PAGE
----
“Gauguin: Voyage to Tahiti” – Paul Gauguin (Vincent Cassel), a French post-impressionist artist, is living his dream in Tahiti, at least in two respects.
“I paint and draw all day long. I live in harmony with everything around me,” Gauguin exclaims with glee.
Prior to his move, he grew frustrated with France’s most glamorous city in 1891, because of his inability to enjoy a proper work/life balance, a phrase often used in the corporate world in 2018. One night, Gauguin grumbles to his friends that “we spend half our time and all our energy” to make a simple living.
Tahiti represents an escape to his nirvana, and director/co-writer Edouard Deluc offers movie audiences a chance to experience Gauguin’s life in this faraway land, but the painter’s time in paradise grew into difficult internal and personal financial battles. In fact, when looking up struggling artist in the dictionary, it probably includes: see also Paul Gauguin, the Tahiti years.
Unfortunately, Deluc’s film struggles too.
“Gauguin: Voyage to Tahiti” carries a runtime of just 102 minutes, but it feels much longer, as our lead randomly lumbers through jungles, mountains and along coastlines. He tries to establish himself as a contributing resident, but the film offers no real milestones and does not effectively deep dive into the lead’s emotional ascents and descents. We become distant observers to the man’s on-screen events rather than feeling his experiences.
As far as experiencing Tahiti itself, Deluc and cinematographer Pierre Cottereau take full advantage of the natural splendor with a constant barrage of gorgeous set pieces on beaches, near waterfalls and in valleys with palm trees standing close by and lush, green buttes smiling in the distance. Gauguin’s hopes for environmental wonders ring true, which provide him inspiration, and a young Tahitian woman named Tehura (Tuhei Adams) does as well.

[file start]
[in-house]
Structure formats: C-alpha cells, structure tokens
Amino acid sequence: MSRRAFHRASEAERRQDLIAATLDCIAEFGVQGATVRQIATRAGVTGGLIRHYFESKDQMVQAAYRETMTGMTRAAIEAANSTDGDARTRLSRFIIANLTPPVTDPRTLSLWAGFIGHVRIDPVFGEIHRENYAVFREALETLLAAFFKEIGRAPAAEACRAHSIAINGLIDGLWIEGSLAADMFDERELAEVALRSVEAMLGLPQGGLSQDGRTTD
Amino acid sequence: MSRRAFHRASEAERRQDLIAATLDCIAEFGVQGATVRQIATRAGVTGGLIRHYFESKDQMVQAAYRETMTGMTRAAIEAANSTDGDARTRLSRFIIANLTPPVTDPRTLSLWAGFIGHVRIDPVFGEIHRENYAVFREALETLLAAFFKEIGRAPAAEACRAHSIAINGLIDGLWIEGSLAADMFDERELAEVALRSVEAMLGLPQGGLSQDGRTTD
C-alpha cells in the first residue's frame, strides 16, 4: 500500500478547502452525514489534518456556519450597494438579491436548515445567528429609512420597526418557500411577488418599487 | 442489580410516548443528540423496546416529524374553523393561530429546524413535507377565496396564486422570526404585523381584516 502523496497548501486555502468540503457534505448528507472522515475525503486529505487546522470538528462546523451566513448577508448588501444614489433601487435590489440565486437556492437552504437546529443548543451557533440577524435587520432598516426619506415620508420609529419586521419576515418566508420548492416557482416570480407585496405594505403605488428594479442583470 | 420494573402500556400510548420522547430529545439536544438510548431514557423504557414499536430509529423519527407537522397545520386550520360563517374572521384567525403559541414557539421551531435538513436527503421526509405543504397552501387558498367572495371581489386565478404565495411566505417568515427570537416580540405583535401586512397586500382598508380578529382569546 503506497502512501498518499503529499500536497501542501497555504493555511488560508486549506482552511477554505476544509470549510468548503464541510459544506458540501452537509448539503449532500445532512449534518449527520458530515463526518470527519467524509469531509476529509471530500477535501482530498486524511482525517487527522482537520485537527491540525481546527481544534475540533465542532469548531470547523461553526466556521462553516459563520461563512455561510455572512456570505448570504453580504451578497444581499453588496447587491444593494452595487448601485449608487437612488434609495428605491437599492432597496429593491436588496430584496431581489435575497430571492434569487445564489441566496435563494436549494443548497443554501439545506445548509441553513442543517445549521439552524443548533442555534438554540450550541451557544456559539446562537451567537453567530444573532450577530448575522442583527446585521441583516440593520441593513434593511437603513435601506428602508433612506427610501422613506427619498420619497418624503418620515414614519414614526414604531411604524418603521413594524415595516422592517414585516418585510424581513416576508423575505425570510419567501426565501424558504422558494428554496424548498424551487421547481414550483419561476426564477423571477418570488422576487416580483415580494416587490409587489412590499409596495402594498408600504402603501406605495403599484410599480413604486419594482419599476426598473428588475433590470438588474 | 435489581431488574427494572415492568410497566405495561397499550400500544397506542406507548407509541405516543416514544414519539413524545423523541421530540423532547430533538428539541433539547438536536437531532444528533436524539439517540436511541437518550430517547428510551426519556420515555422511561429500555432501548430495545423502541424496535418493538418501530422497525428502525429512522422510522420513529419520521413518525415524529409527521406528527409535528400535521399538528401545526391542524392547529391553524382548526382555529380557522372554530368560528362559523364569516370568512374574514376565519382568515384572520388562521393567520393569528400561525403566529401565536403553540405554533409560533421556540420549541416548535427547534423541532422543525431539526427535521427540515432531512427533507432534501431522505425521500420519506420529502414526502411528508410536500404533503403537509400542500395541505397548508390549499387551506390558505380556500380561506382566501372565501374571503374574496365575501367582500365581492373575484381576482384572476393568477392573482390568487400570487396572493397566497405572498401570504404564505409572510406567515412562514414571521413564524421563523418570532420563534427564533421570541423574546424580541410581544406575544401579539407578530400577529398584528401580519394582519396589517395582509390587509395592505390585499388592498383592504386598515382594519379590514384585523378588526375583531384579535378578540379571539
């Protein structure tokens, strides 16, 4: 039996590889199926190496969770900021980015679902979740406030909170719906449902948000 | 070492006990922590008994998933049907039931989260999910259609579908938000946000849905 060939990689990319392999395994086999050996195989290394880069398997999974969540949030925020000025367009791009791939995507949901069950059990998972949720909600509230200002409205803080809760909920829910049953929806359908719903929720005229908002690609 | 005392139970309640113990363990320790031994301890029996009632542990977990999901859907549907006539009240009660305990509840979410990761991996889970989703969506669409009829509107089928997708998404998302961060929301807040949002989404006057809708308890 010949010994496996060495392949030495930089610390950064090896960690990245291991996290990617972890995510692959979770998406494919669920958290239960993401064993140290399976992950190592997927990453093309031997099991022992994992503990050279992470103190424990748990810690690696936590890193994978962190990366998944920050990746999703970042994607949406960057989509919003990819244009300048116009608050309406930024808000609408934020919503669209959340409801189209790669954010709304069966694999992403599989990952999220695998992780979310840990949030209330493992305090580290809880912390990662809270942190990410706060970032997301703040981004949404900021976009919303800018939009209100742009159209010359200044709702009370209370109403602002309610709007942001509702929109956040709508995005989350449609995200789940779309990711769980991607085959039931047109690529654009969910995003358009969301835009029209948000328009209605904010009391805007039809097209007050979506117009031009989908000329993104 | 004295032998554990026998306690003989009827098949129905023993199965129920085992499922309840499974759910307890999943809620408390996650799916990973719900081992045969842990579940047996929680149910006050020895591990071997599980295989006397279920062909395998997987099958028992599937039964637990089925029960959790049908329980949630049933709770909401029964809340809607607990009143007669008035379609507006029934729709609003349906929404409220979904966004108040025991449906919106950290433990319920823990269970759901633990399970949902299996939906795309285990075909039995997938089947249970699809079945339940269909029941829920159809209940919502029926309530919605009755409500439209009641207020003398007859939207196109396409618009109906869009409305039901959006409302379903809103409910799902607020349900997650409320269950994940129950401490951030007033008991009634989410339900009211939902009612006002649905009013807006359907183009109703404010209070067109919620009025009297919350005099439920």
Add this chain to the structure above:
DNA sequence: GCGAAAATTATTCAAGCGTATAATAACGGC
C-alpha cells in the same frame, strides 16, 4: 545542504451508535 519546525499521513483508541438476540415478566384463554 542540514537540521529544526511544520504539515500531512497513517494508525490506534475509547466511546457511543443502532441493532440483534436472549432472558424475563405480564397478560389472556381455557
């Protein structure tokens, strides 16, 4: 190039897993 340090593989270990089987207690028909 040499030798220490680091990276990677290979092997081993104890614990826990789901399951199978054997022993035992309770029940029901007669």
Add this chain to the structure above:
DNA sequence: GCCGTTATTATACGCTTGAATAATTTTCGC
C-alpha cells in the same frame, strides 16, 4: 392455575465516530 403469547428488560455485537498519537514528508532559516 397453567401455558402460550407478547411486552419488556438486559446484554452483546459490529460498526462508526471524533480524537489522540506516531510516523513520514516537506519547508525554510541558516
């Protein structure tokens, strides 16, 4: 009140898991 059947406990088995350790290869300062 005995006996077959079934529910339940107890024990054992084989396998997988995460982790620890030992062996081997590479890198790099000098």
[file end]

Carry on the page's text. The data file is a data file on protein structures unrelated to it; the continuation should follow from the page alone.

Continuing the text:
He forms a romantic relationship – and an apparent marriage – with her, although their on-screen ceremony seems like playacting, rather than a serious ritual. A majority of the movie features their beats as a couple. She serves as his muse, and Deluc films several scenes with Tehura posing in various ways, while Gauguin enjoys painting images of her on canvas after canvas. Due to their significant age difference, Gauguin – naturally – makes all the important household decisions, and Tehura functions as his quiet subordinate.
Quiet is one of the issues with their formal (or informal) bond, because the film does not really offer substantive discussions between the two. Their relationship goes nowhere, other than to fill space for Gauguin’s craft. Meanwhile, the monetary issues that compromised Gauguin in Paris follow him to the island, in a clear case of no matter where you go, there you are.
Straining to rub two francs together, Gauguin’s attitude and health take expected downturns, and Cassel’s performance conveys the artist’s decline. Cassel is 51 but looks over 65 with a straggly, gray beard, unkempt and greasy streaks of hair and an ever-present film of sweat draped on his loose-fitting clothes. Poverty does not positively contribute to his overall well-being, and he noticeably coughs during the second and third acts. Never a good sign.
“Gauguin: Voyage to Tahiti” truly gives the audience a good sense of this particular artist’s life and accompanying mindset but regrettably, through an uneventful and monotonous narrative. Well, just a portion of his life, because 95 percent of the film is set during Gauguin’s short stay in Tahiti. Actually, Deluc’s choice for a film title is misleading, because we do not see Gauguin’s voyage – by boat – to the Pacific. Hey, this critic felt a little cheated, but then again, watching 102 detached minutes of lackluster, uninspired exertion was a bit worse.
⭐⭐ out of ⭐⭐⭐⭐
Image and trailer credits: Cohen Media Group